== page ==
Smelling Molecular Conformations

Smelling Molecular Conformations

Author: Chemistry – A European Journal

What molecular features can olfactory receptors recognize? Functional groups—such as sulfur-based ones—certainly contribute to the smell of a compound, but the stereochemistry of an odorant can also play a role. The molecular details of the function of olfactory receptors in mammals are unknown due to a lack of X-ray structures of the receptors. Understanding how the receptors respond to different conformers could help to explain how some natural products produce their distinctive odors and how small variations in a compound’s carbon framework can change its smell.

Kevin Ryan, City University of New York, and colleagues have investigated whether an olfactory receptor can respond differently to different odorant conformations. Starting from the fragrant aldehyde octanal, they synthesized analogs locking the C7 and C8 carbons in different spatial relationships to the aldehyde group (pictured above, C7 and C8 = Et) by adding C–C bonds along the chain. The team then used calcium imaging (a microscopy technique based on fluorescent indicators) to monitor the signals in sensory neurons expressing a mouse olfactory receptor for aldehydes, called Olfr2, in the presence of these analogs.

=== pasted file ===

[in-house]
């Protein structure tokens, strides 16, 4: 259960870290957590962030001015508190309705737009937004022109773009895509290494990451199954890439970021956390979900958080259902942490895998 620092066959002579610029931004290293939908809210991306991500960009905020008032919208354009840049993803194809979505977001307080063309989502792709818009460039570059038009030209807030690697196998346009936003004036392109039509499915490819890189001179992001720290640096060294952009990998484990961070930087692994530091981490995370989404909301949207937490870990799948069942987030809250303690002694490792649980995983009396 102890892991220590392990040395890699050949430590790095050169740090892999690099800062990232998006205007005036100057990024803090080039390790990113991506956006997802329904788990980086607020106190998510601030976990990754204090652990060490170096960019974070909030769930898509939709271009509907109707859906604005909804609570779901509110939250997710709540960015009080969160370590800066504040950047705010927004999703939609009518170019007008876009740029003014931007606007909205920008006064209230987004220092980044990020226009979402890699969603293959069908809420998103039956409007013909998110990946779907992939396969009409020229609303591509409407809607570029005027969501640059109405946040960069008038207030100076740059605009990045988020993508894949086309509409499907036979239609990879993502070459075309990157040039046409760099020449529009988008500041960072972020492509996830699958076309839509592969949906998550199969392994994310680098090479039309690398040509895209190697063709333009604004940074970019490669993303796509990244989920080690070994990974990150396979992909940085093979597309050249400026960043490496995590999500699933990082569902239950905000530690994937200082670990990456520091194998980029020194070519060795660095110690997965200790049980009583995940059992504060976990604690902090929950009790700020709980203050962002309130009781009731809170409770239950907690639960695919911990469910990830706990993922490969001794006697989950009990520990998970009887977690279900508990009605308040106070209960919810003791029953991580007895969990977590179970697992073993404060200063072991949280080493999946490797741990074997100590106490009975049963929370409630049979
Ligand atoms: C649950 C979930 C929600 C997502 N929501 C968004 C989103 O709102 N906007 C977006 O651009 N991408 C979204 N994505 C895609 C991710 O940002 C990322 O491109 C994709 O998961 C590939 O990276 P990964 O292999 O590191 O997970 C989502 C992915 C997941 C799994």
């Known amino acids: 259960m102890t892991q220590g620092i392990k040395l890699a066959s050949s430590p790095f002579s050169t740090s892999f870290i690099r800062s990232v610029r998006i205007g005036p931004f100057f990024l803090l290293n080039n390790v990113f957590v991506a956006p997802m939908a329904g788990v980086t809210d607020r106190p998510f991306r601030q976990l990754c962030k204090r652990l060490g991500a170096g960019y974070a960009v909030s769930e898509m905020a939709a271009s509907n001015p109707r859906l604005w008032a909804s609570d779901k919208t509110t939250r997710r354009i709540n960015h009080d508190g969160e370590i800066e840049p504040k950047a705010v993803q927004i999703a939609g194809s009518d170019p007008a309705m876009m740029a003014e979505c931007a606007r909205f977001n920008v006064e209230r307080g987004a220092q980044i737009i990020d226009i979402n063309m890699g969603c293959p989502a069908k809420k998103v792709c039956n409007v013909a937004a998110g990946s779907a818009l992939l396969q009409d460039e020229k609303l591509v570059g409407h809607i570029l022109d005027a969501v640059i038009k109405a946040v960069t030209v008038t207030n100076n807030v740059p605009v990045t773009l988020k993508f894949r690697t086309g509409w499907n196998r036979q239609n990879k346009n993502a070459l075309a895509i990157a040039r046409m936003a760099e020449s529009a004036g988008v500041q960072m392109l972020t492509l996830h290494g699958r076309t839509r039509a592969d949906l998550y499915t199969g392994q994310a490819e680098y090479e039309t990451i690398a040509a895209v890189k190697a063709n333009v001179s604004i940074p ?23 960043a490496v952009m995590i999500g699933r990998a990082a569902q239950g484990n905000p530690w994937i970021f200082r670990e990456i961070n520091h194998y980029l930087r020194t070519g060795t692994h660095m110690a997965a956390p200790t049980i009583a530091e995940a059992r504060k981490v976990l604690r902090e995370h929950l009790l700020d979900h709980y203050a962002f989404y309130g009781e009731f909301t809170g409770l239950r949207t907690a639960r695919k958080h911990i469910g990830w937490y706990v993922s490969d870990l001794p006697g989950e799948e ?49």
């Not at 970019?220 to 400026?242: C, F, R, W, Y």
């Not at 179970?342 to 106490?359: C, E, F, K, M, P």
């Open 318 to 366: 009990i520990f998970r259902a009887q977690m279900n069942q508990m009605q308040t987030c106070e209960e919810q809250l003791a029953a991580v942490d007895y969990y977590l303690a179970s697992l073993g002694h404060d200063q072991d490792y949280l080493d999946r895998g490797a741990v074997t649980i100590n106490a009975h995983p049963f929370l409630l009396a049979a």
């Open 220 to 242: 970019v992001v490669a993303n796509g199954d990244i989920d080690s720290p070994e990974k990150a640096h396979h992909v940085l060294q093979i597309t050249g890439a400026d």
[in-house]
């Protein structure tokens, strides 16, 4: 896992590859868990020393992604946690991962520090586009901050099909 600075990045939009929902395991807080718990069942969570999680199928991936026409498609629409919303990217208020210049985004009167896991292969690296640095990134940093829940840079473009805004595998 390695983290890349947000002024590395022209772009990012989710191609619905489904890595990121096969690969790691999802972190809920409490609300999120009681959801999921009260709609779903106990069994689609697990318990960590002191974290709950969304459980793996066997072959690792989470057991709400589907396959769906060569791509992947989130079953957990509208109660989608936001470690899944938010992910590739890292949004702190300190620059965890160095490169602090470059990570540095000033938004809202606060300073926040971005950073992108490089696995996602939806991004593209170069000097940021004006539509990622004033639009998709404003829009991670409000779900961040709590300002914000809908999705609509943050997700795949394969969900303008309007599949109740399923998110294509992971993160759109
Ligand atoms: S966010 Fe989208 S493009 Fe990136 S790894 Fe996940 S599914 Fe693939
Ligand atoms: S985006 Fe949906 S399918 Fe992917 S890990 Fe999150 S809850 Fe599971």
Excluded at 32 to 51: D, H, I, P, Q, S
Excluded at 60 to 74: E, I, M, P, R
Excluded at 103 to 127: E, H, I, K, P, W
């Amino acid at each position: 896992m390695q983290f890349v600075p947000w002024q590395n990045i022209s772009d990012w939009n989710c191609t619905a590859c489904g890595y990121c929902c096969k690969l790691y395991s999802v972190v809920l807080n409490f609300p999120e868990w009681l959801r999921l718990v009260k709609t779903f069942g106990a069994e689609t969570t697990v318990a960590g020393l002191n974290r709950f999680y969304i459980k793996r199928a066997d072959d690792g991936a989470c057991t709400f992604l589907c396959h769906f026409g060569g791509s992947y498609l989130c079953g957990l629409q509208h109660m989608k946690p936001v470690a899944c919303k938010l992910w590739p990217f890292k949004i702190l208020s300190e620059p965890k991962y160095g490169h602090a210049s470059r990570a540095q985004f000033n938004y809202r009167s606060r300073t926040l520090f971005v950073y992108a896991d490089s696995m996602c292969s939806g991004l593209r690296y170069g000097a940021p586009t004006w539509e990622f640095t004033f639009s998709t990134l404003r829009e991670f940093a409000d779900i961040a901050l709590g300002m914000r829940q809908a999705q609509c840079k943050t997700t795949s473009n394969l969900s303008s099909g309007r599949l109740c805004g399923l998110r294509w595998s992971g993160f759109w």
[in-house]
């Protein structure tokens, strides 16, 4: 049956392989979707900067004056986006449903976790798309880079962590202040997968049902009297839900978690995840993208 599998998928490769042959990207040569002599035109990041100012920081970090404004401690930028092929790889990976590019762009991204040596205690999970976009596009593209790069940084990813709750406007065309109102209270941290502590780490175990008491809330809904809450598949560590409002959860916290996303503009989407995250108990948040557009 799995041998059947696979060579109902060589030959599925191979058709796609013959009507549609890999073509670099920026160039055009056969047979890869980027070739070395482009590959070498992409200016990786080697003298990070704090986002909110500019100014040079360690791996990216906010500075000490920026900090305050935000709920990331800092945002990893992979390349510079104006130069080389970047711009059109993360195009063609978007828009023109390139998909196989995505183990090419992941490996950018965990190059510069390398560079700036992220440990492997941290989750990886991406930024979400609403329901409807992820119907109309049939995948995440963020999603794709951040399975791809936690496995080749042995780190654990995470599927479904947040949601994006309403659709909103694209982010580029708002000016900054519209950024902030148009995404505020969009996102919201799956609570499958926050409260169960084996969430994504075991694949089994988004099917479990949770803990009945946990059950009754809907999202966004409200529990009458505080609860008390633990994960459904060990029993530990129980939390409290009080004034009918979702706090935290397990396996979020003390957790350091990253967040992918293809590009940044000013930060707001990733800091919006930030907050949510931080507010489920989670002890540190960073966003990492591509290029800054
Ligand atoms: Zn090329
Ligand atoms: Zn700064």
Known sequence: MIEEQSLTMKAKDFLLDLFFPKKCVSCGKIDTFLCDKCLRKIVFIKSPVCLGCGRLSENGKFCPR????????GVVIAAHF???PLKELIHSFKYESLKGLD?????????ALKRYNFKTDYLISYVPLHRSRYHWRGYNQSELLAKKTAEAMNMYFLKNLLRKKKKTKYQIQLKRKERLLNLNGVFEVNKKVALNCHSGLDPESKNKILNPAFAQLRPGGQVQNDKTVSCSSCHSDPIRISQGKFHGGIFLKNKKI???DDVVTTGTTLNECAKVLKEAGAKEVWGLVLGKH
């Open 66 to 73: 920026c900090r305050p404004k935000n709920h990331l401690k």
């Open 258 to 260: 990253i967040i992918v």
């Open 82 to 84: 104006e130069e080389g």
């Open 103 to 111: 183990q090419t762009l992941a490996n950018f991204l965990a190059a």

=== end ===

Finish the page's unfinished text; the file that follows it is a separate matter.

The researchers found that each analog binds to the Olfr2 aldehyde receptor, but produces a different response in the sensory neurons expressing the receptor. Octanal is an Olfr2 agonist, i.e., it binds and activates the receptor. One of the spatial analogs is an even more potent ligand than octanal (pictured in green). A second analog shows evidence of being a partial agonist (pictured in yellow), and the third functions as an antagonist (pictured in red), i.e., it blocks the receptor action.

The results show that an olfactory receptor senses the conformational repertoire of a bound odorant, just as it can sense functional groups. Different conformations contribute differently to what is likely a combined response. Restricting the bond rotations of flexible odorants could be used to tune ligand potency, and thus, cause changes in their odor.



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